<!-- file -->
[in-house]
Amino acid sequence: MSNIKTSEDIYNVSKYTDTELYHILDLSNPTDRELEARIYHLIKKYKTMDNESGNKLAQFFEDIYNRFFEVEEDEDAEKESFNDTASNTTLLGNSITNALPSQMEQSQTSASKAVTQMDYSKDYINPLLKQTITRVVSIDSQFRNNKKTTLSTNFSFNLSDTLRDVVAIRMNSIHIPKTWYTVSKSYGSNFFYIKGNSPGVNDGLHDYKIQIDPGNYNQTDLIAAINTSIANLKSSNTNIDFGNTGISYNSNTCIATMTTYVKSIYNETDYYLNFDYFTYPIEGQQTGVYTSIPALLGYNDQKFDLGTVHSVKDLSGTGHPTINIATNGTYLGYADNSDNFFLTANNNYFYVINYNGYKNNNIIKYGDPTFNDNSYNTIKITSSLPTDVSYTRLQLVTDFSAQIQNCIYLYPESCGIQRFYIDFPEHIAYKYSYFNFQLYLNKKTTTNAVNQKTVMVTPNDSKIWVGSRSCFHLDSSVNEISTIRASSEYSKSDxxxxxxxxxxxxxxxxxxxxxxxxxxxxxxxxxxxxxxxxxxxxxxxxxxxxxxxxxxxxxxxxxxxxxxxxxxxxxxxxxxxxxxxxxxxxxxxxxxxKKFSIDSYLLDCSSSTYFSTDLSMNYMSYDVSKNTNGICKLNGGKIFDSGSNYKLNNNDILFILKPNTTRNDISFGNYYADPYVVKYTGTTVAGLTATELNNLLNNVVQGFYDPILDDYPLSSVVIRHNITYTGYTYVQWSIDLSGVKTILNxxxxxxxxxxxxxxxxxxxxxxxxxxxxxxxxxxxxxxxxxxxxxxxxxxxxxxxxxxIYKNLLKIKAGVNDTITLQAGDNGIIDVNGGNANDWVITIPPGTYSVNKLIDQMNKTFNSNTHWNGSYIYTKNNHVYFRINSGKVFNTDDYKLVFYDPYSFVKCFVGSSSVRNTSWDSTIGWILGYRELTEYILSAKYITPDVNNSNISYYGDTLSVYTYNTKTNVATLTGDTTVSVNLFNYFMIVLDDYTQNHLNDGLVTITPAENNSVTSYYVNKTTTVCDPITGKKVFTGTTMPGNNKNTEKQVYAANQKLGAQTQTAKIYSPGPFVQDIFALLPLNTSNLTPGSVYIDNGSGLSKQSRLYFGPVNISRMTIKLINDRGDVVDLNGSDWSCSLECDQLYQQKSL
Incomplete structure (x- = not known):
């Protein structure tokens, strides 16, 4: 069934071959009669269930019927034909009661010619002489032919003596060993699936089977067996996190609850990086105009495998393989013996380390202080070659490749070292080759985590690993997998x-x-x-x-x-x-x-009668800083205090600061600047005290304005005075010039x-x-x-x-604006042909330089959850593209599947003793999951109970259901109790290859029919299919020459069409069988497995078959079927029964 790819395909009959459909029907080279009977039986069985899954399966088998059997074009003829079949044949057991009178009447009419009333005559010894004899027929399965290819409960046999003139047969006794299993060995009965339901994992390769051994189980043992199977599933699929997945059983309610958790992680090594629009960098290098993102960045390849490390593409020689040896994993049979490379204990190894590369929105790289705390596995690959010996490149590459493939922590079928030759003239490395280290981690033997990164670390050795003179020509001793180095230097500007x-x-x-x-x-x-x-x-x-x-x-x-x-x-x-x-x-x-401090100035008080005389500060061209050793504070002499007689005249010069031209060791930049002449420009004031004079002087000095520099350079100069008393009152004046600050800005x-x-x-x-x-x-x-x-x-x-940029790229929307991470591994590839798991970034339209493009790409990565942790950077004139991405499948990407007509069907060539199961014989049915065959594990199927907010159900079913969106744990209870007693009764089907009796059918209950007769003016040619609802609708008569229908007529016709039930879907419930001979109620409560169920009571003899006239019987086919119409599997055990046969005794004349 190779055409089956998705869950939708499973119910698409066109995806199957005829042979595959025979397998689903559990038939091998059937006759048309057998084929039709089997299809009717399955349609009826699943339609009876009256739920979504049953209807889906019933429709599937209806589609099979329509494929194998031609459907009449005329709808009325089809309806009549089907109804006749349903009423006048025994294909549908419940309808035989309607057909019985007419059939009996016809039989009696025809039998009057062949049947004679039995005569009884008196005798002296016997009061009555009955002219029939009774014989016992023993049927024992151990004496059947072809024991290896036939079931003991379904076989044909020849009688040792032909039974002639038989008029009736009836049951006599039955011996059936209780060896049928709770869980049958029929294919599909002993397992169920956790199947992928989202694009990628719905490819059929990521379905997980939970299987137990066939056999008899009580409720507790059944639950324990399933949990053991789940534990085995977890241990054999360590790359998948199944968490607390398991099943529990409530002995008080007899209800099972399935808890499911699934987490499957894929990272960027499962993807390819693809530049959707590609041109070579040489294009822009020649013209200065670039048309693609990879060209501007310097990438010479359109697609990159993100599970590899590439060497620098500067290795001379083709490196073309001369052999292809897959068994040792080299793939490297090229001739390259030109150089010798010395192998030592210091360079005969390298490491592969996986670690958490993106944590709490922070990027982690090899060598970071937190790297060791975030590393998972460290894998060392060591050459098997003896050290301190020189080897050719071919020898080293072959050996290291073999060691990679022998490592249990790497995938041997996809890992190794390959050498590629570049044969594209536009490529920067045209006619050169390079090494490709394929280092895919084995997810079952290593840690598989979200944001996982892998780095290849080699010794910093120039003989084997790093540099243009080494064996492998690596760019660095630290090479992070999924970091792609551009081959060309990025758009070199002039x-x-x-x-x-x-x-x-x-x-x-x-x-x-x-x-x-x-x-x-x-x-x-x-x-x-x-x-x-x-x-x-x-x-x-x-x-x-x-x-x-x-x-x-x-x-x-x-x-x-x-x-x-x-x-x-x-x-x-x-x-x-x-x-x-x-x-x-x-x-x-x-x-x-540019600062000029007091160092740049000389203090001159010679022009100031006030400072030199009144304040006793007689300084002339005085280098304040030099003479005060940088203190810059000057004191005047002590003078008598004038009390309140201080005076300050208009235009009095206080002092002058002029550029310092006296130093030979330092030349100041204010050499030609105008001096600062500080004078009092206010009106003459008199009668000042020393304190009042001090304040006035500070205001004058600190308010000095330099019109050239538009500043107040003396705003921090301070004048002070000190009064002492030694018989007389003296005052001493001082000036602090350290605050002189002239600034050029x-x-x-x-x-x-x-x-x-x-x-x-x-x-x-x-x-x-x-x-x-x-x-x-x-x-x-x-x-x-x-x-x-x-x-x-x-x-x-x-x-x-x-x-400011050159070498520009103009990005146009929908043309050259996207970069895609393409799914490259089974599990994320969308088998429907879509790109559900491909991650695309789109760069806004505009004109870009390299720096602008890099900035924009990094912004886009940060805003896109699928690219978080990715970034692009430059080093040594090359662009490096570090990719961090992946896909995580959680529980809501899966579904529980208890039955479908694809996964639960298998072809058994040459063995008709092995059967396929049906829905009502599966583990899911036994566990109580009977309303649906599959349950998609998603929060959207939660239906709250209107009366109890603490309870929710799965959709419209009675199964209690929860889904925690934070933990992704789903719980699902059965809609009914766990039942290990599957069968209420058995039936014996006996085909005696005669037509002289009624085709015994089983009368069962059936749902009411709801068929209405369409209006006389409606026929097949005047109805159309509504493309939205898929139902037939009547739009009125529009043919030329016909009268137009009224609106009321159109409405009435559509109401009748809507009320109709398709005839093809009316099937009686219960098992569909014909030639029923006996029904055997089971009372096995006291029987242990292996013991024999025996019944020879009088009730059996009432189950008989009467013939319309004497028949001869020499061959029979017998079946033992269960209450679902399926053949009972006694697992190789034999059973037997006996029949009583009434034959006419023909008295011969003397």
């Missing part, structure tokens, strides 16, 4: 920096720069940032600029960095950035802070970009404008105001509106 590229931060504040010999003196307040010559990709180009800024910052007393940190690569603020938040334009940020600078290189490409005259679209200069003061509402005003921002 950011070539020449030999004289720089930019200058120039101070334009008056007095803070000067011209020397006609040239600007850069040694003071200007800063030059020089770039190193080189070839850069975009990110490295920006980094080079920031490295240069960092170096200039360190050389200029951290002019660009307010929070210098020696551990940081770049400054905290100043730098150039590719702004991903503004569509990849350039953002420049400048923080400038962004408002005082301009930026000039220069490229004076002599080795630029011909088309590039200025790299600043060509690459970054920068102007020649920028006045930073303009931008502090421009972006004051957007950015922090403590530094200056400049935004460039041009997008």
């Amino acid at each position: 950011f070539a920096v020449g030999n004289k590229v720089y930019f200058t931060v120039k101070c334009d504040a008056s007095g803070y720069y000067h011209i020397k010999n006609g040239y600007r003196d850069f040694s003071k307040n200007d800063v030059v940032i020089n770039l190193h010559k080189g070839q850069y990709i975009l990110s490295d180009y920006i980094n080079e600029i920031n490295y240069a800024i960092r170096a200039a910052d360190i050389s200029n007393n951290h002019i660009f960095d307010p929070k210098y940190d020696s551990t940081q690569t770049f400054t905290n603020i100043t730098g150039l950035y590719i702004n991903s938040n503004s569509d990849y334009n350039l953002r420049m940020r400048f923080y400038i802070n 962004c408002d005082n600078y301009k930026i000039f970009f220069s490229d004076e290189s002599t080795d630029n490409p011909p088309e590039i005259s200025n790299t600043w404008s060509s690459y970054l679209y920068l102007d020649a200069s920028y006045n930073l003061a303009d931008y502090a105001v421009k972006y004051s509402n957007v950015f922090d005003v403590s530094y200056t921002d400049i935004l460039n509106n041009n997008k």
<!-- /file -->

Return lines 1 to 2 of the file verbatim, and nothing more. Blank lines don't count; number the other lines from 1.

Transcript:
[in-house]
Amino acid sequence: MSNIKTSEDIYNVSKYTDTELYHILDLSNPTDRELEARIYHLIKKYKTMDNESGNKLAQFFEDIYNRFFEVEEDEDAEKESFNDTASNTTLLGNSITNALPSQMEQSQTSASKAVTQMDYSKDYINPLLKQTITRVVSIDSQFRNNKKTTLSTNFSFNLSDTLRDVVAIRMNSIHIPKTWYTVSKSYGSNFFYIKGNSPGVNDGLHDYKIQIDPGNYNQTDLIAAINTSIANLKSSNTNIDFGNTGISYNSNTCIATMTTYVKSIYNETDYYLNFDYFTYPIEGQQTGVYTSIPALLGYNDQKFDLGTVHSVKDLSGTGHPTINIATNGTYLGYADNSDNFFLTANNNYFYVINYNGYKNNNIIKYGDPTFNDNSYNTIKITSSLPTDVSYTRLQLVTDFSAQIQNCIYLYPESCGIQRFYIDFPEHIAYKYSYFNFQLYLNKKTTTNAVNQKTVMVTPNDSKIWVGSRSCFHLDSSVNEISTIRASSEYSKSDxxxxxxxxxxxxxxxxxxxxxxxxxxxxxxxxxxxxxxxxxxxxxxxxxxxxxxxxxxxxxxxxxxxxxxxxxxxxxxxxxxxxxxxxxxxxxxxxxxxKKFSIDSYLLDCSSSTYFSTDLSMNYMSYDVSKNTNGICKLNGGKIFDSGSNYKLNNNDILFILKPNTTRNDISFGNYYADPYVVKYTGTTVAGLTATELNNLLNNVVQGFYDPILDDYPLSSVVIRHNITYTGYTYVQWSIDLSGVKTILNxxxxxxxxxxxxxxxxxxxxxxxxxxxxxxxxxxxxxxxxxxxxxxxxxxxxxxxxxxIYKNLLKIKAGVNDTITLQAGDNGIIDVNGGNANDWVITIPPGTYSVNKLIDQMNKTFNSNTHWNGSYIYTKNNHVYFRINSGKVFNTDDYKLVFYDPYSFVKCFVGSSSVRNTSWDSTIGWILGYRELTEYILSAKYITPDVNNSNISYYGDTLSVYTYNTKTNVATLTGDTTVSVNLFNYFMIVLDDYTQNHLNDGLVTITPAENNSVTSYYVNKTTTVCDPITGKKVFTGTTMPGNNKNTEKQVYAANQKLGAQTQTAKIYSPGPFVQDIFALLPLNTSNLTPGSVYIDNGSGLSKQSRLYFGPVNISRMTIKLINDRGDVVDLNGSDWSCSLECDQLYQQKSL